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2004-03-19

Is Europe dying? 

This article by Mark Steyn from the US argues it is, based mainly on the age demographics. Much fun is being had with the way this will explode the European pay-as-you-go pension systems. Actually, some probably semi-trustworthy poll recently claimed that two thirds of Austrian youths don't expect to receive a pension when they grow old.

Steyn uses Vienna to illustrate the European malaise:
Don’t get me wrong, I love Vienna. I especially like the way you can stroll down their streets and never hear any ghastly rockers and rappers caterwauling. When you go into a record store, the pop category’s a couple of bins at the back and there’s two floors of operetta. All very pleasant, though not if you’re into surfing the cutting edge of the zeitgeist.

Apart from the fact that Steyn seems to have been caught in an inner-city tourist trap on his visit, what about the Zeitgeist (if capitalization is allowed here)? It's funny that many visitors think like that about Vienna, whereas if you've grown up in the town, Vienna can at times almost feel like a model of human existence. Vienna today happens to be a mid-sized town between stagnant western Europe and emerging eastern Europe, with a lot of burdensome history, and with a fair share of intellectual excitement that occurred at the beginning of the 20th century, a period more interesting than some. The town seems at times ugly for what it has been and for what it has become, but it also is deep like hell. For locals, it is not one of these cities where it's hard to get below the surface of things, rather, the problem in Vienna is how not to drown. And isn't that the face of human existence? And so, if you live in a place that is like you, it will suck you up. You will think that if you can survive Vienna, you can survive life.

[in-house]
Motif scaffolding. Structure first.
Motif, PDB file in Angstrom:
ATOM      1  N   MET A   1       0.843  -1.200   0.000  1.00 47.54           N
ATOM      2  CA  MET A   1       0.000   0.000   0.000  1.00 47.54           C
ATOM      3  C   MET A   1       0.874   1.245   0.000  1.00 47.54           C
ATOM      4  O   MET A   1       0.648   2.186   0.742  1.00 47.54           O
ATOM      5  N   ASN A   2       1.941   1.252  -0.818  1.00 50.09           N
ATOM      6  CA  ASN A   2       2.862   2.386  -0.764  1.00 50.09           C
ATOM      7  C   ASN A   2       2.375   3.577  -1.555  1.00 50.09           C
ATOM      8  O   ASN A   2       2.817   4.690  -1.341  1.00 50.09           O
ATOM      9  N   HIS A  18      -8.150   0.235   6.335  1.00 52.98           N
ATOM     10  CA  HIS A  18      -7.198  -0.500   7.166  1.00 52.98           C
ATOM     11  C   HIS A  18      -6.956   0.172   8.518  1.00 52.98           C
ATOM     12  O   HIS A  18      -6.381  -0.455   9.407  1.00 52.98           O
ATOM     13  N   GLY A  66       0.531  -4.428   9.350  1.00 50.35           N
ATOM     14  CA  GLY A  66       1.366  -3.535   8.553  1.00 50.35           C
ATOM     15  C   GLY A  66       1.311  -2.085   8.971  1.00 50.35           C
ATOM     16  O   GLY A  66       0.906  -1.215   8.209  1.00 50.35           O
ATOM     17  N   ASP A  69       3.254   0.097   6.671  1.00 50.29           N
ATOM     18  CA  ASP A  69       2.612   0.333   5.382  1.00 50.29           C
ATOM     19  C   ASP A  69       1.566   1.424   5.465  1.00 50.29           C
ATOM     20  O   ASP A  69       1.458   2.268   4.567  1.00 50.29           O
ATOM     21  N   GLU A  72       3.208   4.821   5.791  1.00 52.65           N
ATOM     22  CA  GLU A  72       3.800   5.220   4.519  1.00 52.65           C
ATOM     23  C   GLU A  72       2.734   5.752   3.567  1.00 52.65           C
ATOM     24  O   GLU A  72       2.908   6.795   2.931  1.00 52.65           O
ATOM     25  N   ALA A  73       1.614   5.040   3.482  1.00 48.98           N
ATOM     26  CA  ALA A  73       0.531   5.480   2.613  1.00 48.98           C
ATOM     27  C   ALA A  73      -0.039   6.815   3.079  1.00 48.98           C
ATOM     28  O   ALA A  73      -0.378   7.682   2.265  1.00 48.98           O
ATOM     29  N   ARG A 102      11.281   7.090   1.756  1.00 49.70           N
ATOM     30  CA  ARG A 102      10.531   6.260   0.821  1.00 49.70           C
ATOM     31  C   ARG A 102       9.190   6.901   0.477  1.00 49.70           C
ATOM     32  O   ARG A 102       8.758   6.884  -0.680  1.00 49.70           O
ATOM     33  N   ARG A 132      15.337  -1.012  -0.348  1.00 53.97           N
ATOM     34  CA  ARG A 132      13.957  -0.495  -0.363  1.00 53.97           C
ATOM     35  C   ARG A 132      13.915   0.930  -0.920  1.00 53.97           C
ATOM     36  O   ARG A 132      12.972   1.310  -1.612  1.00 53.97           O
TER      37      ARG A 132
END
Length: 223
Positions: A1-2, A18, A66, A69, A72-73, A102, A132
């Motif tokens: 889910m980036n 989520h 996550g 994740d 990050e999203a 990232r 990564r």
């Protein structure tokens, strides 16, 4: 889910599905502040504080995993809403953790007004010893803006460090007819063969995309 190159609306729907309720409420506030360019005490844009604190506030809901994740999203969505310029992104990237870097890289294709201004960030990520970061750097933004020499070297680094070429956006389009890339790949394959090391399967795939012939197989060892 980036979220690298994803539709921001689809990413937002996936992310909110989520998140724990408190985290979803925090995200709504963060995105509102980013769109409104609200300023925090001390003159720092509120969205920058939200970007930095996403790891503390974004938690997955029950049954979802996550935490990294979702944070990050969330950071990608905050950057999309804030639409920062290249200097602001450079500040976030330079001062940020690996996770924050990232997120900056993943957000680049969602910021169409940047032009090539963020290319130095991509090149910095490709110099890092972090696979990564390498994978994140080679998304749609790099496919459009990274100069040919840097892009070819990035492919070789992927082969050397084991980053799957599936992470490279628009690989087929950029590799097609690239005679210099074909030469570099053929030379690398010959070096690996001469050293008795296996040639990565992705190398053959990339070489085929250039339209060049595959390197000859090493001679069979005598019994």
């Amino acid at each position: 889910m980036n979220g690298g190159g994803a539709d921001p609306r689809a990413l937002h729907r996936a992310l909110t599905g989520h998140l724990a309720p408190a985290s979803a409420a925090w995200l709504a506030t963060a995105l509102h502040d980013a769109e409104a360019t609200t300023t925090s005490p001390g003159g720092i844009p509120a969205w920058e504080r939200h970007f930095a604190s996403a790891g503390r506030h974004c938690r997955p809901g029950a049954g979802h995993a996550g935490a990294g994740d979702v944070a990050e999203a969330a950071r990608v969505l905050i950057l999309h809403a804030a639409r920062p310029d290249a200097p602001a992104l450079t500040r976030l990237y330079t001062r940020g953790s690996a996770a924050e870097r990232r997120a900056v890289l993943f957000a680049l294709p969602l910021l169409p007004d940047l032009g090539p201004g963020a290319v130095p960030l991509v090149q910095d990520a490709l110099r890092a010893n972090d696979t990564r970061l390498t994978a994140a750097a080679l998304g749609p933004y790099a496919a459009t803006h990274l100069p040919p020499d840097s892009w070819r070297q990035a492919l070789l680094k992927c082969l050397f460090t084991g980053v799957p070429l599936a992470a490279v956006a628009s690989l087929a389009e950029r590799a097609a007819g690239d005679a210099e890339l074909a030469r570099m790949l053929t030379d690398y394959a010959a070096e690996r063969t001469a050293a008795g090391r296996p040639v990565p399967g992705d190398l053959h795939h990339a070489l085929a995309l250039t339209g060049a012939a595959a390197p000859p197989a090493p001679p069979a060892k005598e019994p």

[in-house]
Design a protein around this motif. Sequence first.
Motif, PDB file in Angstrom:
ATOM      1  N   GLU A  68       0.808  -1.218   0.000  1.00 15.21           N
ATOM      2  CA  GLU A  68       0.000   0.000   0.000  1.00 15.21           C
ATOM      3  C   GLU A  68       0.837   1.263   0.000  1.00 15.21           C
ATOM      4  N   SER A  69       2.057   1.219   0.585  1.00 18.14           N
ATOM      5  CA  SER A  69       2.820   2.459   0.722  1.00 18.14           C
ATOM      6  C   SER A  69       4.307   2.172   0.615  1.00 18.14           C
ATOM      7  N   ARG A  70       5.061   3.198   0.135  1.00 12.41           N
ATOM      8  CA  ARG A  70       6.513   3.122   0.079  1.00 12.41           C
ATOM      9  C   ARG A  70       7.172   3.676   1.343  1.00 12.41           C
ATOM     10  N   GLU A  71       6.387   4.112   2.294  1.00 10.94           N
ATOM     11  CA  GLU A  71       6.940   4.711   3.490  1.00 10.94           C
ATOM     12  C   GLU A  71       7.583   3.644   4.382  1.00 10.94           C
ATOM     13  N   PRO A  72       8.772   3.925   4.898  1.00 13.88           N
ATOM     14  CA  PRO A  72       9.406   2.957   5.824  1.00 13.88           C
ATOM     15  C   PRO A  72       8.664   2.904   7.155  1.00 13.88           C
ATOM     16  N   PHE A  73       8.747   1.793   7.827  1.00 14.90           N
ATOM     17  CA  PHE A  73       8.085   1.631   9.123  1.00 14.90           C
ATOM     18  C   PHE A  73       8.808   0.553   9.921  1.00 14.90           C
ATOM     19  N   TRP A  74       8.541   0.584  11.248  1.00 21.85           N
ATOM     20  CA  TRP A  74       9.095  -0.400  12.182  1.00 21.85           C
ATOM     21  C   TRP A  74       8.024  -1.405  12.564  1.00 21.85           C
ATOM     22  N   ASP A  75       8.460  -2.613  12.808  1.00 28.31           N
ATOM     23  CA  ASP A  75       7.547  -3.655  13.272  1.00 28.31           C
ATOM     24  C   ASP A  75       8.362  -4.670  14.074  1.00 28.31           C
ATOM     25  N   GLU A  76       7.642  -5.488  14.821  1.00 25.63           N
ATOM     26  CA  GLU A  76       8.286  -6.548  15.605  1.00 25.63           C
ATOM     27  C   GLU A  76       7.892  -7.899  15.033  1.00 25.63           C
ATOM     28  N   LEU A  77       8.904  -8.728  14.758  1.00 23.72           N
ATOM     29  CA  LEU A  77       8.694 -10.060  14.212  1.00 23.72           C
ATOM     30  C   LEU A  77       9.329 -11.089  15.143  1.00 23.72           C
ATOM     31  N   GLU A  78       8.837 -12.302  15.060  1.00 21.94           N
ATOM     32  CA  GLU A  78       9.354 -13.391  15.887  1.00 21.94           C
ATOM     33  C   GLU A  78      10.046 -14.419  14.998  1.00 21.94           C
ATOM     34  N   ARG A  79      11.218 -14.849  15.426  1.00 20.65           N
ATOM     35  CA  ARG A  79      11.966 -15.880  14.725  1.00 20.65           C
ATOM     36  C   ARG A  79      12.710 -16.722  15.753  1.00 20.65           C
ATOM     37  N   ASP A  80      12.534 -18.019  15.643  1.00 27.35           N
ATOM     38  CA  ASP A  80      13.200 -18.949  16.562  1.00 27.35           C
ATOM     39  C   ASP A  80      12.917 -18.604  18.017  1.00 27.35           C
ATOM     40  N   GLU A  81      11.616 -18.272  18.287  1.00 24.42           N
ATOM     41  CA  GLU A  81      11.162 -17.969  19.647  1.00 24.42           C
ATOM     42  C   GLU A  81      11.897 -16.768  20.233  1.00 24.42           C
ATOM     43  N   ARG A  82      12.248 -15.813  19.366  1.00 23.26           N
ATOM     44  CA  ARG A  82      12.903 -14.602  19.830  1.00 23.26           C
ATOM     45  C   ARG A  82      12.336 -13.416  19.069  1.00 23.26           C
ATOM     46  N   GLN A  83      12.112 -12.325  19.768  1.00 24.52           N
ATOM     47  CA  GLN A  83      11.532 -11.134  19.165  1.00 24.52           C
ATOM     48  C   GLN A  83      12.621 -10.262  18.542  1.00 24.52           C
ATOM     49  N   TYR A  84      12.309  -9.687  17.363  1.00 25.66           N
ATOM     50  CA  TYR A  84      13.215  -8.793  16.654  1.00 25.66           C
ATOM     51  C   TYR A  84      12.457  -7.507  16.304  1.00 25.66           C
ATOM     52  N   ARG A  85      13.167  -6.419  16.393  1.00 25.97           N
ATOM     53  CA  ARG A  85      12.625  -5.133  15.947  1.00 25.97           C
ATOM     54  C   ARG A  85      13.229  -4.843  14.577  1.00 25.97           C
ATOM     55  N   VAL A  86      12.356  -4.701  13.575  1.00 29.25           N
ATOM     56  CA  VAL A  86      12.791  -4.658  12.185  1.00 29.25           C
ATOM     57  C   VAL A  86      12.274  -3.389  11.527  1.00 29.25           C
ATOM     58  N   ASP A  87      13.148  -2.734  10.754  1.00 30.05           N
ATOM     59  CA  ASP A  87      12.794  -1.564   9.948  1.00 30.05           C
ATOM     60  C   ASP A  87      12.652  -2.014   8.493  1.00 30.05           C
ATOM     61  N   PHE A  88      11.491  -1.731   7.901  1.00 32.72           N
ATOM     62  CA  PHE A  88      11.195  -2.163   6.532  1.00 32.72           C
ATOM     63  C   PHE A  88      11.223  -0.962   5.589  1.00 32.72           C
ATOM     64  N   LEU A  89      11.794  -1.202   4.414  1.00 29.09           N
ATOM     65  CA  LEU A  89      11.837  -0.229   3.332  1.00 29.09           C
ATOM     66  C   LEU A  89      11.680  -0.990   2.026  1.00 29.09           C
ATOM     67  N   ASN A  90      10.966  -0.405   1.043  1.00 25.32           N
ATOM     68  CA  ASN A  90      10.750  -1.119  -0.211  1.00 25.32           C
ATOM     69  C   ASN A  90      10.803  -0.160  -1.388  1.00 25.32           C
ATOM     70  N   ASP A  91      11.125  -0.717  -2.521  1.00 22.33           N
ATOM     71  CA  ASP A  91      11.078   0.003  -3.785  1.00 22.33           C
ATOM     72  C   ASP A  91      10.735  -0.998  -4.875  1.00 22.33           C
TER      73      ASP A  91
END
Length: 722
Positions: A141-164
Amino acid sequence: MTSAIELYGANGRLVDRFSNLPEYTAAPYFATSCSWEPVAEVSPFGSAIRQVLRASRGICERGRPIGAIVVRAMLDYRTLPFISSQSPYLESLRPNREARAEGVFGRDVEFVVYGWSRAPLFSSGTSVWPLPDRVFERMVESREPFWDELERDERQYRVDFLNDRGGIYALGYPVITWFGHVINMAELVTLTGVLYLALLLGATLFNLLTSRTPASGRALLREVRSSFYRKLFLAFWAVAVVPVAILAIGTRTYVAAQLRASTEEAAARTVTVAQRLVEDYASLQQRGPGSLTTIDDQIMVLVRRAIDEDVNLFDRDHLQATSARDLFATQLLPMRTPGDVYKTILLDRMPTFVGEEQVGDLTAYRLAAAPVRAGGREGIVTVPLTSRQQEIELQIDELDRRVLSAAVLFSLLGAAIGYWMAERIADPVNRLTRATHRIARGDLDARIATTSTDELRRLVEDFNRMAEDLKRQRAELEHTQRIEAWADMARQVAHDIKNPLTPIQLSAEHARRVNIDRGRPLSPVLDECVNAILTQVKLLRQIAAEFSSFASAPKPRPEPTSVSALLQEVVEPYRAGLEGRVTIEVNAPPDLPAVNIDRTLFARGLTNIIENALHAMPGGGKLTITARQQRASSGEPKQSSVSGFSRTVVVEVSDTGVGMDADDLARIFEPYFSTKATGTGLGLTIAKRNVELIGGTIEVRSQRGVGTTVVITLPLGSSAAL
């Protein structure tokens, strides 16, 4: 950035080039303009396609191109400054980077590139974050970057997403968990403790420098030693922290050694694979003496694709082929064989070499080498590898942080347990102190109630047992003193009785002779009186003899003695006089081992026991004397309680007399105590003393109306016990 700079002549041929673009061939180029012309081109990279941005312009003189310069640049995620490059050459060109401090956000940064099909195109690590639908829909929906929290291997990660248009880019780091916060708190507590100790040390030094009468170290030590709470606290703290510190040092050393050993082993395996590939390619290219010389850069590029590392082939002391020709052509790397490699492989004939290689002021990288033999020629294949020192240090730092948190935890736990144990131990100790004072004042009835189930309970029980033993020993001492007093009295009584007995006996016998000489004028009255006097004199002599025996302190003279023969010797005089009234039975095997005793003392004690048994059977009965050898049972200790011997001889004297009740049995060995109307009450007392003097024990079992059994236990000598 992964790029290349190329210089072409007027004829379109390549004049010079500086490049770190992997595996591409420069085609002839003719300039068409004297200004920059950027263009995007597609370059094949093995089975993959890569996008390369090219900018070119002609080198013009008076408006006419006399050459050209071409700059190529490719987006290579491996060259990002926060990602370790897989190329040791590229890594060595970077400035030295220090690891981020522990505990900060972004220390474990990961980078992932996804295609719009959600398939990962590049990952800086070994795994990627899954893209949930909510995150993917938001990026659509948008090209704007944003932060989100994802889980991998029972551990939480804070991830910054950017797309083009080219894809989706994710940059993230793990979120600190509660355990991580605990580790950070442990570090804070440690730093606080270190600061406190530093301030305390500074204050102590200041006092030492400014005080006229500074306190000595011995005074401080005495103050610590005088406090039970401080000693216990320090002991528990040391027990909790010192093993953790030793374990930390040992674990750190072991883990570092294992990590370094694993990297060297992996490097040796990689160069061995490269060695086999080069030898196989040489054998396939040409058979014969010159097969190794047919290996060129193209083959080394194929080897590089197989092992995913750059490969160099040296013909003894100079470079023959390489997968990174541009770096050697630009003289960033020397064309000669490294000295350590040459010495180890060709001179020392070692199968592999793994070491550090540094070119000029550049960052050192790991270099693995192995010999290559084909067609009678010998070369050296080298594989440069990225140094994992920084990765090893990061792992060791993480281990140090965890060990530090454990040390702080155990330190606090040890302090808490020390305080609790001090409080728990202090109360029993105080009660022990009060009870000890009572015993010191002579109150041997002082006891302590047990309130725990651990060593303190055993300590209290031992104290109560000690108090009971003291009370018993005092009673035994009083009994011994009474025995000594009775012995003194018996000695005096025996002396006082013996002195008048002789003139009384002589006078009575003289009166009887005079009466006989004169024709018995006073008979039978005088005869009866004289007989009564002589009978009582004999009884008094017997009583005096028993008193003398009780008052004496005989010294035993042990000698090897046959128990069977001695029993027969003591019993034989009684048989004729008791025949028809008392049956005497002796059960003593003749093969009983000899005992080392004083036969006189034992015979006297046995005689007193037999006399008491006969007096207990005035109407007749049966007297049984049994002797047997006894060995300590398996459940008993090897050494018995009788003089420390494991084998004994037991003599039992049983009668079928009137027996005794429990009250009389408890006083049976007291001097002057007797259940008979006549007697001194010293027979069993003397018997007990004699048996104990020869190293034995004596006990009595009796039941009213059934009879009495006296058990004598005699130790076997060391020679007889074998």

Can Vienna, can Europe survive? Or rather, can it survive itself?


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